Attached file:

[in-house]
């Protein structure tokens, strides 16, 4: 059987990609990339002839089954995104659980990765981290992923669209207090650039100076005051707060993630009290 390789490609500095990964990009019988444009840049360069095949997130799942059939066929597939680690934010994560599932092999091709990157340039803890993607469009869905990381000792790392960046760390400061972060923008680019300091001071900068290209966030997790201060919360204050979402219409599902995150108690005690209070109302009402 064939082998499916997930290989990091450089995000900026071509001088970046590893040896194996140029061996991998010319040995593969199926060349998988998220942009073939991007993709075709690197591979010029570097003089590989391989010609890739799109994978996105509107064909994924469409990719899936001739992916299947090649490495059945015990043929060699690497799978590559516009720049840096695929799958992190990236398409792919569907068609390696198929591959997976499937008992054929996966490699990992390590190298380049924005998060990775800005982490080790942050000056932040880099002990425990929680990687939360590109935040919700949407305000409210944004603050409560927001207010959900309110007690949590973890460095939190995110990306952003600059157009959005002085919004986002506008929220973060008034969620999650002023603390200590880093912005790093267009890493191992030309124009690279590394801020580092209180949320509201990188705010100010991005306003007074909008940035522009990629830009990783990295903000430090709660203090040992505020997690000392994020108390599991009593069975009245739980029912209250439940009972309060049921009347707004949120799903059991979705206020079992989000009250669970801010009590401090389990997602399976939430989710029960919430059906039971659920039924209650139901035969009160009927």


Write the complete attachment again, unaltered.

[in-house]
């Protein structure tokens, strides 16, 4: 059987990609990339002839089954995104659980990765981290992923669209207090650039100076005051707060993630009290 390789490609500095990964990009019988444009840049360069095949997130799942059939066929597939680690934010994560599932092999091709990157340039803890993607469009869905990381000792790392960046760390400061972060923008680019300091001071900068290209966030997790201060919360204050979402219409599902995150108690005690209070109302009402 064939082998499916997930290989990091450089995000900026071509001088970046590893040896194996140029061996991998010319040995593969199926060349998988998220942009073939991007993709075709690197591979010029570097003089590989391989010609890739799109994978996105509107064909994924469409990719899936001739992916299947090649490495059945015990043929060699690497799978590559516009720049840096695929799958992190990236398409792919569907068609390696198929591959997976499937008992054929996966490699990992390590190298380049924005998060990775800005982490080790942050000056932040880099002990425990929680990687939360590109935040919700949407305000409210944004603050409560927001207010959900309110007690949590973890460095939190995110990306952003600059157009959005002085919004986002506008929220973060008034969620999650002023603390200590880093912005790093267009890493191992030309124009690279590394801020580092209180949320509201990188705010100010991005306003007074909008940035522009990629830009990783990295903000430090709660203090040992505020997690000392994020108390599991009593069975009245739980029912209250439940009972309060049921009347707004949120799903059991979705206020079992989000009250669970801010009590401090389990997602399976939430989710029960919430059906039971659920039924209650139901035969009160009927």